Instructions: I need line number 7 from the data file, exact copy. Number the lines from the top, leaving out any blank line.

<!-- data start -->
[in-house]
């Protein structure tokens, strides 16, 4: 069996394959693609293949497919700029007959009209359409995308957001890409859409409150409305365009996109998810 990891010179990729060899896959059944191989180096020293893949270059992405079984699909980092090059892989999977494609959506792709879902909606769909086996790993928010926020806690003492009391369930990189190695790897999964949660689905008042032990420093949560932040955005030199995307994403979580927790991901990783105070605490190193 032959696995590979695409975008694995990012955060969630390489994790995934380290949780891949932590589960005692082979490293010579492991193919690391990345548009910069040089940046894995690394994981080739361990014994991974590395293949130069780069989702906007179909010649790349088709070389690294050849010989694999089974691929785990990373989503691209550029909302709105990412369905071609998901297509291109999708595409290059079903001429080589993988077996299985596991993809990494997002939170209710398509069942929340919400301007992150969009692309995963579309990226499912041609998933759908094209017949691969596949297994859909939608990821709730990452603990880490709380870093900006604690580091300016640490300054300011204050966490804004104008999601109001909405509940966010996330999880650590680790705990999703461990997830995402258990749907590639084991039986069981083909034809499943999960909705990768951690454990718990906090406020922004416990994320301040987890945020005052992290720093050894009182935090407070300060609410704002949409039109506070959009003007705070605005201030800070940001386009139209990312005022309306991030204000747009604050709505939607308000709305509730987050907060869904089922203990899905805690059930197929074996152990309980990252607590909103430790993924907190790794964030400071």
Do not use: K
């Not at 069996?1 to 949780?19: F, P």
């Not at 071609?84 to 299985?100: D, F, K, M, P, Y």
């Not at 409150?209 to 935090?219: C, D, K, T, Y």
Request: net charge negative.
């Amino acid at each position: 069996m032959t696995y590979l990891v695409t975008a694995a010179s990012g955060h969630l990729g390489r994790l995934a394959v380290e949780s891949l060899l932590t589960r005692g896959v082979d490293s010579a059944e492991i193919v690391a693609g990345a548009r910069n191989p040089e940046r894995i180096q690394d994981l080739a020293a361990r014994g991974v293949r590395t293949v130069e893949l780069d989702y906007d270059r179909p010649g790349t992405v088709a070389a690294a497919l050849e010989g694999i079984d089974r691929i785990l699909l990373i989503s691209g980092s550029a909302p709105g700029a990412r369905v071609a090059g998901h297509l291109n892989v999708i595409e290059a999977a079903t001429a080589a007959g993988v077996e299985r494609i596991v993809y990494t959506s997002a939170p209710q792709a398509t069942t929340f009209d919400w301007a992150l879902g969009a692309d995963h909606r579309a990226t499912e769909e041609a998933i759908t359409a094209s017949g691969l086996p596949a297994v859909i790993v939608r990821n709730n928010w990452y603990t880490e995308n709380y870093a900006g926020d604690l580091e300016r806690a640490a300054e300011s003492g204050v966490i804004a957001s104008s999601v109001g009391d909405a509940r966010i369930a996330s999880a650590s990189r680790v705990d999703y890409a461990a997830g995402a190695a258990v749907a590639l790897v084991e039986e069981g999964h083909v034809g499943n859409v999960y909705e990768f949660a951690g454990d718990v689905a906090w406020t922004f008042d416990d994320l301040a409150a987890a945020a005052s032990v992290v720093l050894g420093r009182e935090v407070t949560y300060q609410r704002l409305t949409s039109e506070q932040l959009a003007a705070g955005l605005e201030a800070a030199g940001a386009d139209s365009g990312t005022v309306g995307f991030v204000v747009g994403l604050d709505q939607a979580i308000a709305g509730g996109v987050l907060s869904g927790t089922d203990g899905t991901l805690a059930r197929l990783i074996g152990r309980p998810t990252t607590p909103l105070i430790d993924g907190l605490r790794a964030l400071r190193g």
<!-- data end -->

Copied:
Request: net charge negative.